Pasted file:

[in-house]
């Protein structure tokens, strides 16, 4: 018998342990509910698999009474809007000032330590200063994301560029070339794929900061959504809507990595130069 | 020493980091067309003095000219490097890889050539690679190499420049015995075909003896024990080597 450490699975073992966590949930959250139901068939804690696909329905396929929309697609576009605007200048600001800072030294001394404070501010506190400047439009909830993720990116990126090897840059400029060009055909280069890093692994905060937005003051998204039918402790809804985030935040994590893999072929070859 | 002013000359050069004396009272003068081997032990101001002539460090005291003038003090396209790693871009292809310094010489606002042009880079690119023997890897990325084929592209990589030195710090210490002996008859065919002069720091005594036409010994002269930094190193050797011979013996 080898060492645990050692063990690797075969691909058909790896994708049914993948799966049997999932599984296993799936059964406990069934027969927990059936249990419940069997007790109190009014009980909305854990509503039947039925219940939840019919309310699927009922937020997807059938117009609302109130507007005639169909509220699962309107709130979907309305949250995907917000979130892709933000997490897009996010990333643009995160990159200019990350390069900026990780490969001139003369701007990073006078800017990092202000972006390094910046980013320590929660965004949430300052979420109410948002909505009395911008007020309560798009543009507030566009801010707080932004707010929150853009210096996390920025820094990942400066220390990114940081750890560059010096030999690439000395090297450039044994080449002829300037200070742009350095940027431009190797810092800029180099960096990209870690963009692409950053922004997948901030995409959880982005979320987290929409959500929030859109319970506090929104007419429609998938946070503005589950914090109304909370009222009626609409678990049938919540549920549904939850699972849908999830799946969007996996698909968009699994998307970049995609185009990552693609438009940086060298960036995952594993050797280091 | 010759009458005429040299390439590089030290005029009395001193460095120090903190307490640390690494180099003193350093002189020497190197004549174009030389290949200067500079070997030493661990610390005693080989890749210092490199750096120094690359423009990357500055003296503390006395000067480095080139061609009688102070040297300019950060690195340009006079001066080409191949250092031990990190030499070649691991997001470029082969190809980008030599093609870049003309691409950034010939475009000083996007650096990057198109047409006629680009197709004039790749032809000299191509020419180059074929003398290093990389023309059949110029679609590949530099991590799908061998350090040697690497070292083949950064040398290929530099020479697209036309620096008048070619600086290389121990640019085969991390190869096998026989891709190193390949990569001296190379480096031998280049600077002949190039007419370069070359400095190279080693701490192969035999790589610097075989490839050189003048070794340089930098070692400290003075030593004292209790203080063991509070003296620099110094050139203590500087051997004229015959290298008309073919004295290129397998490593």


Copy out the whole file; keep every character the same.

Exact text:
[in-house]
């Protein structure tokens, strides 16, 4: 018998342990509910698999009474809007000032330590200063994301560029070339794929900061959504809507990595130069 | 020493980091067309003095000219490097890889050539690679190499420049015995075909003896024990080597 450490699975073992966590949930959250139901068939804690696909329905396929929309697609576009605007200048600001800072030294001394404070501010506190400047439009909830993720990116990126090897840059400029060009055909280069890093692994905060937005003051998204039918402790809804985030935040994590893999072929070859 | 002013000359050069004396009272003068081997032990101001002539460090005291003038003090396209790693871009292809310094010489606002042009880079690119023997890897990325084929592209990589030195710090210490002996008859065919002069720091005594036409010994002269930094190193050797011979013996 080898060492645990050692063990690797075969691909058909790896994708049914993948799966049997999932599984296993799936059964406990069934027969927990059936249990419940069997007790109190009014009980909305854990509503039947039925219940939840019919309310699927009922937020997807059938117009609302109130507007005639169909509220699962309107709130979907309305949250995907917000979130892709933000997490897009996010990333643009995160990159200019990350390069900026990780490969001139003369701007990073006078800017990092202000972006390094910046980013320590929660965004949430300052979420109410948002909505009395911008007020309560798009543009507030566009801010707080932004707010929150853009210096996390920025820094990942400066220390990114940081750890560059010096030999690439000395090297450039044994080449002829300037200070742009350095940027431009190797810092800029180099960096990209870690963009692409950053922004997948901030995409959880982005979320987290929409959500929030859109319970506090929104007419429609998938946070503005589950914090109304909370009222009626609409678990049938919540549920549904939850699972849908999830799946969007996996698909968009699994998307970049995609185009990552693609438009940086060298960036995952594993050797280091 | 010759009458005429040299390439590089030290005029009395001193460095120090903190307490640390690494180099003193350093002189020497190197004549174009030389290949200067500079070997030493661990610390005693080989890749210092490199750096120094690359423009990357500055003296503390006395000067480095080139061609009688102070040297300019950060690195340009006079001066080409191949250092031990990190030499070649691991997001470029082969190809980008030599093609870049003309691409950034010939475009000083996007650096990057198109047409006629680009197709004039790749032809000299191509020419180059074929003398290093990389023309059949110029679609590949530099991590799908061998350090040697690497070292083949950064040398290929530099020479697209036309620096008048070619600086290389121990640019085969991390190869096998026989891709190193390949990569001296190379480096031998280049600077002949190039007419370069070359400095190279080693701490192969035999790589610097075989490839050189003048070794340089930098070692400290003075030593004292209790203080063991509070003296620099110094050139203590500087051997004229015959290298008309073919004295290129397998490593």